Killdeer In Flight

This article shares a collection of six consecutive photographs of a killdeer in flight at Hendrie Valley, captured with an E-M1X. All images were captured handheld using the E-M1X’s Bird Detection AI Subject Tracking.

During a recent visit to Hendrie Valley I found myself on the bridge that overlooks the ponds. I heard the call of a killdeer… quickly glanced to my right… and noticed the bird flying against a busy background of trees. The killdeer in flight was approximately 35 metres away (~115 feet).

All I had time to do was bring my E-M1X up to my eye and quickly find the killdeer in my viewfinder. The E-M1X’s Bird Detection AI Subject Tracking immediately drew a white box around the killdeer.

Without waiting to half depress my shutter release to formally acquire auto focus on the killdeer, I fully depressed my shutter release and fired off a short burst of images.

My E-M1X did a good job acquiring auto-focus on the killdeer in flight and all of my 6 ‘quick grab’ photographs were usable for the web, although all of them were subject to very severe crops.

Here is a full frame capture (resized for web use) of the entire scene so readers can get a better sense of the photographic scenario.

OM-D E-M1X + M.Zuiko 100-400 mm f/5-6.3 IS with M.Zuiko MC-14 teleconverter @ 370 mm, efov 740 mm, f/8.7, 1/1600, ISO-1000, Bird Detection AI Subject Tracking, subject distance 34.6 metres, full frame capture

I’ve been using the E-M1X’s Bird Detection AI Subject Tracking for the vast majority of my bird photography for a number of months now. During this period I’ve captured over 35,000 photographs and have been slowly learning about what to expect from this technology under different shooting scenarios.

I would usually half-depress my shutter release and wait for the ‘green box’ confirmation of acquiring auto-focus. However, in this type of ‘quick grab’ scenario I’m not shy about immediately firing off a burst of images once my E-M1X has drawn a white box around the target, like this killdeer in flight.

To do this successfully I need to make an instant decision about the clarity of the bird in my viewfinder. If it looks sharp when Bird AI draws a white box around it, I fire away. More often than not my E-M1X will still produce usable photographs… even though I haven’t completely followed proper technique.

Here are the 6 consecutive photographs from my ‘quick grab’ image run. All have been severely cropped to about 2000 pixels on the width, then resized for web use.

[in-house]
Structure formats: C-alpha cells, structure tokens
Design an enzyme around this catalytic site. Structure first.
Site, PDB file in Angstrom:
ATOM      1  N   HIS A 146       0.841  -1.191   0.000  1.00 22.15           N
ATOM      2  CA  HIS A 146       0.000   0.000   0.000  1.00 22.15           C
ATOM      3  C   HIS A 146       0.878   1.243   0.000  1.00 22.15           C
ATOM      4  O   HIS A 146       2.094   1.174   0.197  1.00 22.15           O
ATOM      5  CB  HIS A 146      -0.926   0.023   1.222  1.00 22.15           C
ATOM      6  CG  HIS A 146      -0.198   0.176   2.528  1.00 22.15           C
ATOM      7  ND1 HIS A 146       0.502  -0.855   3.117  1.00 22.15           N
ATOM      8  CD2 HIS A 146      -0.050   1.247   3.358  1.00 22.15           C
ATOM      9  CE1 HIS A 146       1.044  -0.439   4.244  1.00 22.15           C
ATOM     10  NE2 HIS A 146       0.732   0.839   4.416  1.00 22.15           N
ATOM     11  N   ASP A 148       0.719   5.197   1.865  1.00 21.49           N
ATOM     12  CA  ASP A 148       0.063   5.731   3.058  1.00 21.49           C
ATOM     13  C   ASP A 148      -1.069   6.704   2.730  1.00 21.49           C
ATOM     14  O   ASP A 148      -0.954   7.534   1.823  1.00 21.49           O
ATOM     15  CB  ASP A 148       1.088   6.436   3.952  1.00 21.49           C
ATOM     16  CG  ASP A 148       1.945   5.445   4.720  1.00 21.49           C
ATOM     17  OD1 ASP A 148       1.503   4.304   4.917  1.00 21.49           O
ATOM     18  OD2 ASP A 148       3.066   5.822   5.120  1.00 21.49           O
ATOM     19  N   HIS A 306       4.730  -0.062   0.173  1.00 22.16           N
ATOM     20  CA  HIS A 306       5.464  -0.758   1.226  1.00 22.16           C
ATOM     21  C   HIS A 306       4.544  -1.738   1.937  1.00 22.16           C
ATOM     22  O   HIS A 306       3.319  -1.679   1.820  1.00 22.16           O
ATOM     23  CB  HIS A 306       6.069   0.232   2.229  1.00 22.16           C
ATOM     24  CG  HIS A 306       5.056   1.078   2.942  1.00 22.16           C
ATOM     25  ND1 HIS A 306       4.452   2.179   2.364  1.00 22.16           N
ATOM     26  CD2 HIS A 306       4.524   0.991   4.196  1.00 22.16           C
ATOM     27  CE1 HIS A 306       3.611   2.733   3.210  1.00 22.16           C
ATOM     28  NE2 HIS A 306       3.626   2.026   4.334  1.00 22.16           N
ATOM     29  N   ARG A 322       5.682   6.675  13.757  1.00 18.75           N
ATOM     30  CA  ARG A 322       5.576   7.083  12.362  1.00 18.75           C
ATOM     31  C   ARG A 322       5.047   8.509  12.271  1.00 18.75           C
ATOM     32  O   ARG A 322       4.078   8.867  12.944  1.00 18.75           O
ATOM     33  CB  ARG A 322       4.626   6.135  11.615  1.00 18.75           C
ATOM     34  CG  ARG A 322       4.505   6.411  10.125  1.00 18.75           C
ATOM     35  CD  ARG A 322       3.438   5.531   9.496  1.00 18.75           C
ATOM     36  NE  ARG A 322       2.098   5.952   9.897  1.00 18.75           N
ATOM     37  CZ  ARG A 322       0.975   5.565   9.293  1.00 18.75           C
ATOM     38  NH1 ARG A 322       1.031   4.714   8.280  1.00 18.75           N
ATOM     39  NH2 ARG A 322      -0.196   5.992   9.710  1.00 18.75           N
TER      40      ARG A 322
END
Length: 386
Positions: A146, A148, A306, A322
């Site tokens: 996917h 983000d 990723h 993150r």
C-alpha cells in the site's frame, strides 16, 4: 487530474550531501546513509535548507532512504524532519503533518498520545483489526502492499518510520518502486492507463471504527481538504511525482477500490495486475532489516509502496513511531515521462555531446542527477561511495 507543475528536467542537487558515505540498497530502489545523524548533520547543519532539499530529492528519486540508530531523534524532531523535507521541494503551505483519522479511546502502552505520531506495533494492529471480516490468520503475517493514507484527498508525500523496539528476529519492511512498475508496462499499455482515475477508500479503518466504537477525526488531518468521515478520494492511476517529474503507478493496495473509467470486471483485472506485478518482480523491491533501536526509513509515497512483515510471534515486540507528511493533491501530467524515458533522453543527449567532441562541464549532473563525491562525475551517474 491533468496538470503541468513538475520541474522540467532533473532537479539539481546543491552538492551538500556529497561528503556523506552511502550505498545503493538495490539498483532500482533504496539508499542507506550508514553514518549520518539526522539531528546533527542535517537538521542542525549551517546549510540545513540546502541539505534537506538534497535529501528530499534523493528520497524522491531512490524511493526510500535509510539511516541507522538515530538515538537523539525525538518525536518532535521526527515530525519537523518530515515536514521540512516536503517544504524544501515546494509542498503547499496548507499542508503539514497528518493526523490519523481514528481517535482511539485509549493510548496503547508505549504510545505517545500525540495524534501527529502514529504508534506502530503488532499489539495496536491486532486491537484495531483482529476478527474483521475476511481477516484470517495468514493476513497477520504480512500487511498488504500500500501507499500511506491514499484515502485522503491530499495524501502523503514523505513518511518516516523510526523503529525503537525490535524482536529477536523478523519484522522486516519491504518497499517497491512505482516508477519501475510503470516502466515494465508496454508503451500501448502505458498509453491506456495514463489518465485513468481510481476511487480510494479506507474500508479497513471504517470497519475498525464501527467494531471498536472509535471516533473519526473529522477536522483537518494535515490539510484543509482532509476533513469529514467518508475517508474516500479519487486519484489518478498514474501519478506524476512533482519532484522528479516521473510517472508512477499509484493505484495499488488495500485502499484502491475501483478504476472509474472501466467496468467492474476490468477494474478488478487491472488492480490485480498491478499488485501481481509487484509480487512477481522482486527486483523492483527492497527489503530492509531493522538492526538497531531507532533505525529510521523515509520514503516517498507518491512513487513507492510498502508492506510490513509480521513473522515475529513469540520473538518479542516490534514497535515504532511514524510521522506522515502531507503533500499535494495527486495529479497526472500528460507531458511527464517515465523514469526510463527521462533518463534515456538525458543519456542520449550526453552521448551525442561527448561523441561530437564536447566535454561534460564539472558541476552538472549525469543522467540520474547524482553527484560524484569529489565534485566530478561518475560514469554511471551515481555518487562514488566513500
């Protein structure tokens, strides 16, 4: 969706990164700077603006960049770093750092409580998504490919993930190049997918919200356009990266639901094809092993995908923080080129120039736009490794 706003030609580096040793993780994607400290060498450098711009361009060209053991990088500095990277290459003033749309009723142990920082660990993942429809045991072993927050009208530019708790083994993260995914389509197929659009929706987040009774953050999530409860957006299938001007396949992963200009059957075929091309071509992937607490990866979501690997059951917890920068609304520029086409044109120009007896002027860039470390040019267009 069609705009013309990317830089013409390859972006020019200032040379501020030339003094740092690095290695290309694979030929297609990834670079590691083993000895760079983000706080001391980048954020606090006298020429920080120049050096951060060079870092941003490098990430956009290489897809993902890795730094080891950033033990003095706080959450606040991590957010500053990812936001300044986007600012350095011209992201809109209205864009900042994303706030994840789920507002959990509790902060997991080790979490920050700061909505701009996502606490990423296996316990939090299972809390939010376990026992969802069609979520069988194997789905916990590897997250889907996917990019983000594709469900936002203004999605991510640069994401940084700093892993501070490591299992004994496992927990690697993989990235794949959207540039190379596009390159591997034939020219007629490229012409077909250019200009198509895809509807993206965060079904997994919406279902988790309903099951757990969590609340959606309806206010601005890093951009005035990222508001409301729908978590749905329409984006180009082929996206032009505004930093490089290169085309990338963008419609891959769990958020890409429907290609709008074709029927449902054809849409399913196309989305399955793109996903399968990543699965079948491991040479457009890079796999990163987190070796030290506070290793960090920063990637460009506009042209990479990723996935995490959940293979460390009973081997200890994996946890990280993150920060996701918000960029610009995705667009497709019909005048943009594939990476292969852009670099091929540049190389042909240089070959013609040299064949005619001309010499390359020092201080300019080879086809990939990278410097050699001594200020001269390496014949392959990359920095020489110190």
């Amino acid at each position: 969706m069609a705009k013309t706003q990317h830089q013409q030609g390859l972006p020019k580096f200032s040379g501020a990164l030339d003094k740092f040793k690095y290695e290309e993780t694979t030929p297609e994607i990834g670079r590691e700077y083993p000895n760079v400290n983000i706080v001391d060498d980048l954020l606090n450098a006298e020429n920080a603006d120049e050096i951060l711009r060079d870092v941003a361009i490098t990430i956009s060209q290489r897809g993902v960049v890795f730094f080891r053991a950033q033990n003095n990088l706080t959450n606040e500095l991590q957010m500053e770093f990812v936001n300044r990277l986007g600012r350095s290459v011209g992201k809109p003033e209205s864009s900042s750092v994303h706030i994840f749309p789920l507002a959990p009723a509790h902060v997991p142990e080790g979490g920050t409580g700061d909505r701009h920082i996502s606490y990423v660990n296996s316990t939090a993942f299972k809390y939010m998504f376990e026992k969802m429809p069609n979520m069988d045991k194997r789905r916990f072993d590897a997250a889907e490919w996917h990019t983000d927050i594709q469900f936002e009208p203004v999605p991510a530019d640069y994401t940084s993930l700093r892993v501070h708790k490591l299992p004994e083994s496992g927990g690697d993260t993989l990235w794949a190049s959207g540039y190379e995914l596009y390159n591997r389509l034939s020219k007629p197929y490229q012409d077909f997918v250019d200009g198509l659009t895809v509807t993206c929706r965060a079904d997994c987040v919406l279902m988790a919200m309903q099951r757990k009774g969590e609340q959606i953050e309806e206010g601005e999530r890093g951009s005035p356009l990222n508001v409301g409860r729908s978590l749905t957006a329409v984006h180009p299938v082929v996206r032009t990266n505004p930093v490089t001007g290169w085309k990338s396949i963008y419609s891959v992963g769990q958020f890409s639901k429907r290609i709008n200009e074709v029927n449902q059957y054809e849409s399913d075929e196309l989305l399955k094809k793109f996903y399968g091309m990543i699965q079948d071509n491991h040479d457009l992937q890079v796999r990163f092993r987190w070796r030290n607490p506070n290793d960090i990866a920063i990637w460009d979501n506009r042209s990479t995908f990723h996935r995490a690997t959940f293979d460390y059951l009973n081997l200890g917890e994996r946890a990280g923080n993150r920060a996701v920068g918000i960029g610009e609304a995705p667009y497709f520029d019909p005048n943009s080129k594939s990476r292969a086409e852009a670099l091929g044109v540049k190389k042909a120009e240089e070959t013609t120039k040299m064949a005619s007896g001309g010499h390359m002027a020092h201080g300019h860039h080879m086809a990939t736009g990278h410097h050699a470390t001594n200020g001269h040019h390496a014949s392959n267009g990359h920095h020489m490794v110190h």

OM-D E-M1X + M.Zuiko 100-400 mm f/5-6.3 IS with M.Zuiko MC-14 teleconverter @ 370 mm, efov 740 mm, f/8.7, 1/1600, ISO-1000, Bird Detection AI Subject Tracking, cropped to 2001 pixels on the width
OM-D E-M1X + M.Zuiko 100-400 mm f/5-6.3 IS with M.Zuiko MC-14 teleconverter @ 370 mm, efov 740 mm, f/8.7, 1/1600, ISO-1000, Bird Detection AI Subject Tracking, cropped to 2001 pixels on the width
OM-D E-M1X + M.Zuiko 100-400 mm f/5-6.3 IS with M.Zuiko MC-14 teleconverter @ 370 mm, efov 740 mm, f/8.7, 1/1600, ISO-1000, Bird Detection AI Subject Tracking, cropped to 2002 pixels on the width
OM-D E-M1X + M.Zuiko 100-400 mm f/5-6.3 IS with M.Zuiko MC-14 teleconverter @ 370 mm, efov 740 mm, f/8.7, 1/1600, ISO-1000, Bird Detection AI Subject Tracking, cropped to 2001 pixels on the width
OM-D E-M1X + M.Zuiko 100-400 mm f/5-6.3 IS with M.Zuiko MC-14 teleconverter @ 370 mm, efov 740 mm, f/8.7, 1/1600, ISO-1000, Bird Detection AI Subject Tracking, cropped to 2001 pixels on the width
OM-D E-M1X + M.Zuiko 100-400 mm f/5-6.3 IS with M.Zuiko MC-14 teleconverter @ 370 mm, efov 740 mm, f/8.7, 1/1600, ISO-1000, Bird Detection AI Subject Tracking, cropped to 2000 pixels on the width

The takeaway from this article is not to be shy about pushing our camera gear and breaking a few rules to see what it can do for us. There will be times when an image run may fail… but there will be others when our camera equipment will perform well under challenging scenarios. And, may even surprise us! Either way, there is good learning available.

Technical Note

Photographs were captured hand-held using camera gear as noted in the EXIF data. Images were produced from RAW files using my standard process. Crops of the original images are indicated where appropriate.

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4 thoughts on “Killdeer In Flight”